Joseph Stalin's grandson has called on Ukraine to investigate the officials behind a court case in which the Soviet dictator was found guilty over the Holodomor famine, a Ukrainian daily said on Monday, RIA Novosti reported.

A court in Kiev last week found Stalin and other Bolshevik leaders guilty of genocide against Ukrainians during the 1932-1933 famine, which Ukraine has sought to be recognized internationally.

Yevgeny Dzhugashvili, known for a series of court battles in Russia to protect his honor over accusations against his grandfather, has sent a letter to Ukraine's prosecutor general saying such "false charges" could only have come from Stalin's "main foe" Hitler rather than a democratic state, Sehodnya newspaper reported.

He said genocide was only introduced in Ukraine's criminal code in the 1990s so could only be applied in trying cases of modern leaders like former President Leonid Kuchma and current President Viktor Yushchenko.

"Security Council officials [who investigated the case] and court judges cynically violated the European Convention of Human Rights, which says no one can be convicted for deeds that were not legally a crime when they were committed," Dzhugashvili was quoted as saying by the paper.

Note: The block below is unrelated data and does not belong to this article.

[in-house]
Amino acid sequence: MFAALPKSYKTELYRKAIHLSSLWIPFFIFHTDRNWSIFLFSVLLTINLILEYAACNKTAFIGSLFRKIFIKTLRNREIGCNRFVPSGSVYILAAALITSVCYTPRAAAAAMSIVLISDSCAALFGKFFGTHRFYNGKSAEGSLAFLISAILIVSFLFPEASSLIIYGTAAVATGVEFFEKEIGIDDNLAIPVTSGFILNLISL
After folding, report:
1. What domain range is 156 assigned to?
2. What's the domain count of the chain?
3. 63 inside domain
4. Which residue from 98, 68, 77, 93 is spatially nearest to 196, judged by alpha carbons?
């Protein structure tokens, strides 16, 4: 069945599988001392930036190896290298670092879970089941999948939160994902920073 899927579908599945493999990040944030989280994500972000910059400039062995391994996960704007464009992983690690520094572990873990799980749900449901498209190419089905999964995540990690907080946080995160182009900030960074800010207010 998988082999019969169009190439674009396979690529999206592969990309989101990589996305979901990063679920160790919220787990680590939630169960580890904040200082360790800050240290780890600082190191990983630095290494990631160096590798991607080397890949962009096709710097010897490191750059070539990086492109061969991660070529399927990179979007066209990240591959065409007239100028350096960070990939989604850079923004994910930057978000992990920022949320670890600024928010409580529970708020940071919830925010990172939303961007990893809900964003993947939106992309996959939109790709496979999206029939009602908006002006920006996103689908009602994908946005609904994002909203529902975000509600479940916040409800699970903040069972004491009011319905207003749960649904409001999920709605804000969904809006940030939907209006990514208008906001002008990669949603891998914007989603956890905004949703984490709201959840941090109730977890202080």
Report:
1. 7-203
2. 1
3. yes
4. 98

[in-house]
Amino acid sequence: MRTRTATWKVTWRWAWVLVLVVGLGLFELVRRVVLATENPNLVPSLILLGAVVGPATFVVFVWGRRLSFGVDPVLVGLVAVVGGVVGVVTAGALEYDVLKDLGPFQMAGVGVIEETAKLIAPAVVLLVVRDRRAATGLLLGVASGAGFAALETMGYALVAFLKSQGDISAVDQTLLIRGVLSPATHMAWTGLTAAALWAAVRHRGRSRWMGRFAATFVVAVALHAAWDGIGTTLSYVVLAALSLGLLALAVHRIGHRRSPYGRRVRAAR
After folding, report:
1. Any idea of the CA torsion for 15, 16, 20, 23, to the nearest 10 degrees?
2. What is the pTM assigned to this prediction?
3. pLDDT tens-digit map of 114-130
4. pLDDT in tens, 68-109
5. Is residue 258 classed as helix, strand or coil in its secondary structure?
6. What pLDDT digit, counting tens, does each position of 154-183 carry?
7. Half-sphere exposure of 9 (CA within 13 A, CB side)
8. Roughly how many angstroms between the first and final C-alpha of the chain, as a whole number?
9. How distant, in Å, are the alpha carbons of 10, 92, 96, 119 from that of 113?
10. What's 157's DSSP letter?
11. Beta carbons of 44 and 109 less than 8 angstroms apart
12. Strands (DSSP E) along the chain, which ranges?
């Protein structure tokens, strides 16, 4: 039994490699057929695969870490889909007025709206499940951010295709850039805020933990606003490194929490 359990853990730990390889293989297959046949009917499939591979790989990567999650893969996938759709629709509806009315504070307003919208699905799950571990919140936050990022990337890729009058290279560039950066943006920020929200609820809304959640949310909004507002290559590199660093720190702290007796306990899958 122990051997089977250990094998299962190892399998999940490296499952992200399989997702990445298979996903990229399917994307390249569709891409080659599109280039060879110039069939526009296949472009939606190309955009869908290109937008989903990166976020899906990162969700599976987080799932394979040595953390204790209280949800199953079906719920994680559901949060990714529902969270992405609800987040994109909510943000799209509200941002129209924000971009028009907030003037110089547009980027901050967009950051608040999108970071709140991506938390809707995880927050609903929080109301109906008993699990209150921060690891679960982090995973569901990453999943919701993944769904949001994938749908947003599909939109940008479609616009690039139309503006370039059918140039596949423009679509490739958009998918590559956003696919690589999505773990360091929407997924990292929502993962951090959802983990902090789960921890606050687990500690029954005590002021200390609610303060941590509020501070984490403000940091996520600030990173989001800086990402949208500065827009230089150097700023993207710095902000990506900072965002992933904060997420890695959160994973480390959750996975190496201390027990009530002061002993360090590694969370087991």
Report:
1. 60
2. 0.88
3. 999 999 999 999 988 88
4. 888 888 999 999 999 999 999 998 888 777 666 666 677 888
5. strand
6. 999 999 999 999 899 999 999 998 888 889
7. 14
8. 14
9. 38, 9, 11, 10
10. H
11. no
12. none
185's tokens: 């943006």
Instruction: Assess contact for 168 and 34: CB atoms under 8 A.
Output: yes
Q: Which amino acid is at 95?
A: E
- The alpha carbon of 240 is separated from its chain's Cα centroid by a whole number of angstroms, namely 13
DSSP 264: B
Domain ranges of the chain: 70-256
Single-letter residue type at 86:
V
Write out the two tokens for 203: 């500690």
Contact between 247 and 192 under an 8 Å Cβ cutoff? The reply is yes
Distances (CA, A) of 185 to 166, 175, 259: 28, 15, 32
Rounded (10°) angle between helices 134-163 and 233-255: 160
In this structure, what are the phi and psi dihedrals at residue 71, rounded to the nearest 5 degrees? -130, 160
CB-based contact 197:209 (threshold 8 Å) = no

In December 2009, a Moscow court for a second time rejected a libel suit against a Russian newspaper. Dzhugashvili demanded Novaya Gazeta retract parts of an article calling Stalin a "criminal" and asked for 10 million rubles ($326,000) in compensation for damage to his honor.

He also brought a suit against Ekho Moskvy radio seeking compensation for "offensive disrespect for the late Soviet leader."

Millions of people were executed on fake charges of espionage, sabotage, anti-Soviet propaganda or died of starvation, disease or exposure in Gulag labor camps under Stalin's rule. According to official statistics, 52 million were convicted on political charges during Stalin's regime and 6 million were sent out of cities without any court verdict.

A Ukrainian court said last week it had dropped criminal proceedings on the charges of Holodomor, which the country's authorities said killed more than 3.9 million people, because the suspects had died.

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